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First China-made carrier sails through Taiwan Strait

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A Taiwanese minister accused China of intimidation ahead of upcoming elections after Beijing sent its first domestically-built aircraft carrier to sail through the Taiwan Strait on Sunday, Taipei’s defence ministry said.

China, which sees self-ruled democratic Taiwan as part of its territory, has stepped up military drills around the island since Beijing-sceptic President Tsai Ing-wen came to power in 2016.

Taipei’s foreign minister Joseph Wu tweeted that China “intends to intervene in #Taiwan’s elections”, adding: “Voters won’t be intimidated!”

The defence ministry said in a statement reassuring the public it had dispatched ships and planes to track and closely monitor the carrier’s movements.

It added ships from the United States and Japan trailed the carrier in the strait.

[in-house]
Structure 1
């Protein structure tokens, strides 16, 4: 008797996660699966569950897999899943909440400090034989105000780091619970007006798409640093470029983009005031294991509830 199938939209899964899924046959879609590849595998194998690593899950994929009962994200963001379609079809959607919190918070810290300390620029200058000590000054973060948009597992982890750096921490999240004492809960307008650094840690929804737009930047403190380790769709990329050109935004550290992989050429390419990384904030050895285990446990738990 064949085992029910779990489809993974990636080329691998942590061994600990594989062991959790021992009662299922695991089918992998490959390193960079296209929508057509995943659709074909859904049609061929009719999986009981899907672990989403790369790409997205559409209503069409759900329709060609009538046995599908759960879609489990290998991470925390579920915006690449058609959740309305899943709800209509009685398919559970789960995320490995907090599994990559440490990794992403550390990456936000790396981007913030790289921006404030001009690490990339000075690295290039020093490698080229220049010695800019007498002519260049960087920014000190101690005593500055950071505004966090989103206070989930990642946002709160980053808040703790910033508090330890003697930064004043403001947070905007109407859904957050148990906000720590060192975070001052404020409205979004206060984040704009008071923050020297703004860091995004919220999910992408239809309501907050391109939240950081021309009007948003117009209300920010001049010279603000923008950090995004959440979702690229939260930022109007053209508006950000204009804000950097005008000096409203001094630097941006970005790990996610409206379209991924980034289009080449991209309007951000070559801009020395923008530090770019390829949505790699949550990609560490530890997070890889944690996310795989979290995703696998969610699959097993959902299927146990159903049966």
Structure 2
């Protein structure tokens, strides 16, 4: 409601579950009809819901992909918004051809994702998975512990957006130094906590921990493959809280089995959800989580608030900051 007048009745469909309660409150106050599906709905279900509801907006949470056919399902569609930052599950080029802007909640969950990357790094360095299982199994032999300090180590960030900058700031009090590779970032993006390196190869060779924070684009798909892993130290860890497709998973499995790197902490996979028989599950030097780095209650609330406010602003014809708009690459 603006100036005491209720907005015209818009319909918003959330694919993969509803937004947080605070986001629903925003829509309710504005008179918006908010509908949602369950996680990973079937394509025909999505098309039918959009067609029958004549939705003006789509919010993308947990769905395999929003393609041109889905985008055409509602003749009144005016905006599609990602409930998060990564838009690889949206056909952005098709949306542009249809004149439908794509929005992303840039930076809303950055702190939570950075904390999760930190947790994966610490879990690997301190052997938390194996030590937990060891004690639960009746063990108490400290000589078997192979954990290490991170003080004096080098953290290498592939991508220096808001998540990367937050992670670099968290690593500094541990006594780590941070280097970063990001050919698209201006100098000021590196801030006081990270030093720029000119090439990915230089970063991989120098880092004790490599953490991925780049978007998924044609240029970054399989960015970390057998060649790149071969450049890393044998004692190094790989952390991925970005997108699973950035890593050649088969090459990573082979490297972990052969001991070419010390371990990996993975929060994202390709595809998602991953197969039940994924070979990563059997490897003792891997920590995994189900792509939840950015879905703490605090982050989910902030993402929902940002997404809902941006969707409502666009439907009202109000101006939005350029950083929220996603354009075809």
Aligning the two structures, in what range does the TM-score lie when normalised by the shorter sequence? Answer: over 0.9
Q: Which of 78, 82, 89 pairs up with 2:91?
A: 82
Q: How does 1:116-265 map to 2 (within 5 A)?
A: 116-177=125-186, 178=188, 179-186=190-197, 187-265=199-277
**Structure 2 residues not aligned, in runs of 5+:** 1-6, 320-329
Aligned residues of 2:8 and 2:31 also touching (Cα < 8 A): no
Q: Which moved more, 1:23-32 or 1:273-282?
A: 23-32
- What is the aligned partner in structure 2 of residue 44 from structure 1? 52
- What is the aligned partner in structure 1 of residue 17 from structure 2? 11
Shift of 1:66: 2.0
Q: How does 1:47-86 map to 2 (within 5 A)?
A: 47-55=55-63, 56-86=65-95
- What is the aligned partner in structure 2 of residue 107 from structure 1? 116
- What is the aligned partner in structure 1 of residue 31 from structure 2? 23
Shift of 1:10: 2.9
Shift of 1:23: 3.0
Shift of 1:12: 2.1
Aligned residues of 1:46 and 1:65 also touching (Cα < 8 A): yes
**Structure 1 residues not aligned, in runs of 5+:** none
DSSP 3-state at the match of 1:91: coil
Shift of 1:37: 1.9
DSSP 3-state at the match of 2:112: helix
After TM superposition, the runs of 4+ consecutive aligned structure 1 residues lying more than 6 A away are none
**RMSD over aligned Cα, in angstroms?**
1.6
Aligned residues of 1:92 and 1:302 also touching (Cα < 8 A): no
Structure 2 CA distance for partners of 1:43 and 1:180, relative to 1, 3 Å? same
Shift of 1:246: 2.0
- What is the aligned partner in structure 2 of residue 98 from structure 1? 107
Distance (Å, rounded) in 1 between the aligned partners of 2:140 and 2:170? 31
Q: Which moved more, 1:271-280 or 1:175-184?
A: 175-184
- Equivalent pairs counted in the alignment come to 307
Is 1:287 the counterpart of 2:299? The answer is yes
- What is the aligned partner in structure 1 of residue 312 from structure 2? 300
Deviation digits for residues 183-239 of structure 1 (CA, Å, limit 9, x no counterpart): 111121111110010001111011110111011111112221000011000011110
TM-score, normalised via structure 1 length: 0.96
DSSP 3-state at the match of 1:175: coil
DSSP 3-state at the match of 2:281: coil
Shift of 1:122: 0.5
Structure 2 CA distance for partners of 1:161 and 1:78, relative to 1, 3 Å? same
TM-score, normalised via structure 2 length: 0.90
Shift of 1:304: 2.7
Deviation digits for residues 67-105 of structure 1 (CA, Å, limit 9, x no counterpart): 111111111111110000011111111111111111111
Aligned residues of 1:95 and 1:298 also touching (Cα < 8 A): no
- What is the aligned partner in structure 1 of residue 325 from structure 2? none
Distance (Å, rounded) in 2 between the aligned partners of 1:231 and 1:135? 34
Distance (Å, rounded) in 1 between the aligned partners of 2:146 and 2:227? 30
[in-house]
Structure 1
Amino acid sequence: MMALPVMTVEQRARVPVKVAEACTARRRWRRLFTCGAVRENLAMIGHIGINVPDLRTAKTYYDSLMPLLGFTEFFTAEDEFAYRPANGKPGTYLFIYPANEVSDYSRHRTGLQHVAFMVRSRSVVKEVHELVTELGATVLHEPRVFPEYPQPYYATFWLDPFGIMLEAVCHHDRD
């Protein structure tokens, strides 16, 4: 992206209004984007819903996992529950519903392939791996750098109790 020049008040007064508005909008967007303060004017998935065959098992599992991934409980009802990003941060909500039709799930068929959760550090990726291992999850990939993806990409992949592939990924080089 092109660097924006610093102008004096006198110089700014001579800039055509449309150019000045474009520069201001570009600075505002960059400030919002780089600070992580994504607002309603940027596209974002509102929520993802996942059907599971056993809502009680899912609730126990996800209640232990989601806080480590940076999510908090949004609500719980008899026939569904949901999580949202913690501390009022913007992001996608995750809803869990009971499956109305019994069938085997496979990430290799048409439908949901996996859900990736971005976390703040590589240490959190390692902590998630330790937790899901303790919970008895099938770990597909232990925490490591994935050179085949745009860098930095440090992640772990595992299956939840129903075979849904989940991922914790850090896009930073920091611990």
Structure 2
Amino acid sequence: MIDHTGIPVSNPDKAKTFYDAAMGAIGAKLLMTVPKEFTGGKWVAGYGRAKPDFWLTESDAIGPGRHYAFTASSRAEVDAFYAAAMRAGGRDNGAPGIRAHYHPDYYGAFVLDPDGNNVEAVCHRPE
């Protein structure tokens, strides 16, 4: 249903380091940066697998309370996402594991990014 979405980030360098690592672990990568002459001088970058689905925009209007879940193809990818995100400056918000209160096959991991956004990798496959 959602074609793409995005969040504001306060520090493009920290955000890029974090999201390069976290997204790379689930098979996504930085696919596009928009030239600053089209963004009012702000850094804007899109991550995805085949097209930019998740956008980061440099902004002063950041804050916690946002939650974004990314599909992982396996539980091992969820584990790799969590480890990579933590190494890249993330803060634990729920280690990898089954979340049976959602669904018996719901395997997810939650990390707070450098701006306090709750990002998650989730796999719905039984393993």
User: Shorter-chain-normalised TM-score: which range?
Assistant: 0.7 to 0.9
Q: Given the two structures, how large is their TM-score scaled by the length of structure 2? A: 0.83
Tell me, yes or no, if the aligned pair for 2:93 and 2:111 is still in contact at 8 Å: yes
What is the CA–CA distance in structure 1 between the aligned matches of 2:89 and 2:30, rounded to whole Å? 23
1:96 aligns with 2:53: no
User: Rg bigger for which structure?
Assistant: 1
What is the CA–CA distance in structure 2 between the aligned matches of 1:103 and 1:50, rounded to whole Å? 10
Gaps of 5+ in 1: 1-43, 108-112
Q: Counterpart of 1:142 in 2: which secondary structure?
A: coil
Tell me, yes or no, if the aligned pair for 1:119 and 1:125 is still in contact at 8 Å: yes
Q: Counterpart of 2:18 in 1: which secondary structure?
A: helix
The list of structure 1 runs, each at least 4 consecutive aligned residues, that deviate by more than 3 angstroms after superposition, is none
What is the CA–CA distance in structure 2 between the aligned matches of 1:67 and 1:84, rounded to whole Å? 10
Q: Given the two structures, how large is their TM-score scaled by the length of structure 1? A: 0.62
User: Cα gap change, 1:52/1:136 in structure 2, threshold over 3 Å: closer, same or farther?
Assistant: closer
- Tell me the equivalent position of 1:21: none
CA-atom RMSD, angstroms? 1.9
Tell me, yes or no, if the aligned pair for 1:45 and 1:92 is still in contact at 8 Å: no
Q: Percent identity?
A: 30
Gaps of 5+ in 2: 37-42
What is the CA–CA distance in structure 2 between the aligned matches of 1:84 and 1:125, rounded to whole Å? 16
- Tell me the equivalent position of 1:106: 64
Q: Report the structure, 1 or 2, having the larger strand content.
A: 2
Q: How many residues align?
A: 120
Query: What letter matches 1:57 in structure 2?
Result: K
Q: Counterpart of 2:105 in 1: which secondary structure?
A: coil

Beijing has also ramped up diplomatic and economic pressure on Taiwan as Tsai’s government refuses to acknowledge the island is part of “one China.”

Tsai — who has voiced support for Hong Kong’s pro-democracy movement — is seeking a second term against a challenger who favours much warmer relations with China.

She has described the January elections as a fight for Taiwan’s freedom and democracy.

Earlier Sunday Tsai announced former premier William Lai, who has styled himself as a “Taiwan independence worker,” as her running mate in a move likely to irritate Beijing.

In a statement about the ship sailing through the strait, Tsai’s office said: “It is a joint responsibility and goal to maintain peace and stability between the two sides… Beijing should cherish peace and stability in the Taiwan Strait and in the region that have not come easily”.

Most recently China’s Liaoning — a repurposed Soviet carrier bought from Ukraine that went into service in 2012 — passed through the Taiwan Strait in June.

US navy ships periodically conduct “freedom of navigation” operations in the Taiwan Strait, while Canadian and French ships had also sailed through the narrow waterway separating Taiwan from the Chinese mainland this year.

China views any passing through the strait as a breach of its territorial sovereignty — while the US and many other nations see the route as international space.

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